On Tue, 17 Nov 2015 23:47:13 -0800 (PST)
mike <mikaelpetter...@hotmail.com> wrote:

> > > I have had a branch, feature_xyz, for a long time ( yes I know I 
> > > should not but it was not my call). Problem is I have not updated
> > > it with changes from master. So I started to do a regular rebase
> > > ( i want to keep history): 
> > > 
> > > git fetch origin master 
> > > git rebase origin/master 
> > > 
> > > After a while with conflicting patches (over 30...) I guess that 
> > > there must be an easier way to do this, 
> > > 
> > > So anyone out there with an better idea I am open to new ideas.
> > > What do you suggest? 
> >
> > What prevents you from just merging master into it? 
> >
> 
> Not absolutely sure but I guess it is for keeping history of changes
> when I merge back to master. 

Merges in Git are different from those in some other tools, namely,
Subversion: when you merge in Git, the merge commit created contains
the merged state of both lines of history which were merged *and*
references both tip commits which were merged together.

This means, that if you have:

  ...->A->B->C (master)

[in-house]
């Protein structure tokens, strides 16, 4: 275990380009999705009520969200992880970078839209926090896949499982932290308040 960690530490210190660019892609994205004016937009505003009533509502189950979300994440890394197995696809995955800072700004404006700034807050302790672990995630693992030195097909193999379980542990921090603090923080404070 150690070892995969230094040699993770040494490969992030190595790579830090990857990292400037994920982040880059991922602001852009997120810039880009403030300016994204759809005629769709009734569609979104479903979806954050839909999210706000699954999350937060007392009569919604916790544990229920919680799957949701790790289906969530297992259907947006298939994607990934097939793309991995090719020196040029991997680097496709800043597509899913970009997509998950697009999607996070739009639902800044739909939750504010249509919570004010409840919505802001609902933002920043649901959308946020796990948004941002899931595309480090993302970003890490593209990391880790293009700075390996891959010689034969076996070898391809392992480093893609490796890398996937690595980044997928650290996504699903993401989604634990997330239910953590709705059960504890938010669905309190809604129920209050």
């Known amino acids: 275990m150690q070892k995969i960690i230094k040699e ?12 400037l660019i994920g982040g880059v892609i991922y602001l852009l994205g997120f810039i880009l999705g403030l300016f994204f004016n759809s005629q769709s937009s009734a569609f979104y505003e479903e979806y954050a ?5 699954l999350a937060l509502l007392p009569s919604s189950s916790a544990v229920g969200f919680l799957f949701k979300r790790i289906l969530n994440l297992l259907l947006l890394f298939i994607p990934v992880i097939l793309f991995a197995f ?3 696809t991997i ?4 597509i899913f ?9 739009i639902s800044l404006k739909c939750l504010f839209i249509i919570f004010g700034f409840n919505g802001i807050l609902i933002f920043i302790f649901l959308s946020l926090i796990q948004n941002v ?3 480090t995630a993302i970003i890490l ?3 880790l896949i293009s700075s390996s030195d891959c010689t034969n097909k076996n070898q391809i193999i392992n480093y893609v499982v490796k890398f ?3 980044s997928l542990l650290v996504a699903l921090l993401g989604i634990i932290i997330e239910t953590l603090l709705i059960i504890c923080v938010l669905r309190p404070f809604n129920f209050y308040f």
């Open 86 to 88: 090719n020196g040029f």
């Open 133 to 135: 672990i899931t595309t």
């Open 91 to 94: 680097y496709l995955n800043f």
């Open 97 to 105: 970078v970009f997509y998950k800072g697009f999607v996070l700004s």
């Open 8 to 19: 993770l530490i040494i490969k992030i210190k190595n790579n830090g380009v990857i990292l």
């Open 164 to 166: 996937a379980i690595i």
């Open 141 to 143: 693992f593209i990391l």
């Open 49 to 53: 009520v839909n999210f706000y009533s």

Then fork a branch "feature", and both branches receive a number of
commits so that they look like this:

  ...->A->B->C->D->E->F (master)
             |
             `->O->P->Q (feature)

Then when you merge "master" to "feature", you'll get a
"diamond-looking" history:

  ...->A->B->C->D->E->F-\ (master)
             |           |
             `->O->P->Q->M (feature)

So your "D..F" line on "master" and "O..Q" line on "feature" are both
there.

When you proceed developing on both branches again, you'll get:

  ...->A->B->C->D->E->F--+->R->S->T (master)
             |           |
             `->O->P->Q->M->X->Y->Z (feature)

With M being the last "merge base" between "master" and "feature".

That is, no history on any branch is "lost".

> > Rebasing is only actually needed if you want to keep your work "on
> > top" of the branch it was based on.
> What do you mean with the expression "on top"?

That's quite a literal meaning.

I've tried to explain how rebase works to someone here [1] (with
pictures borrowed from the "Pro Git" book) -- feel free to read it.

1. http://stackoverflow.com/a/11837630/720999

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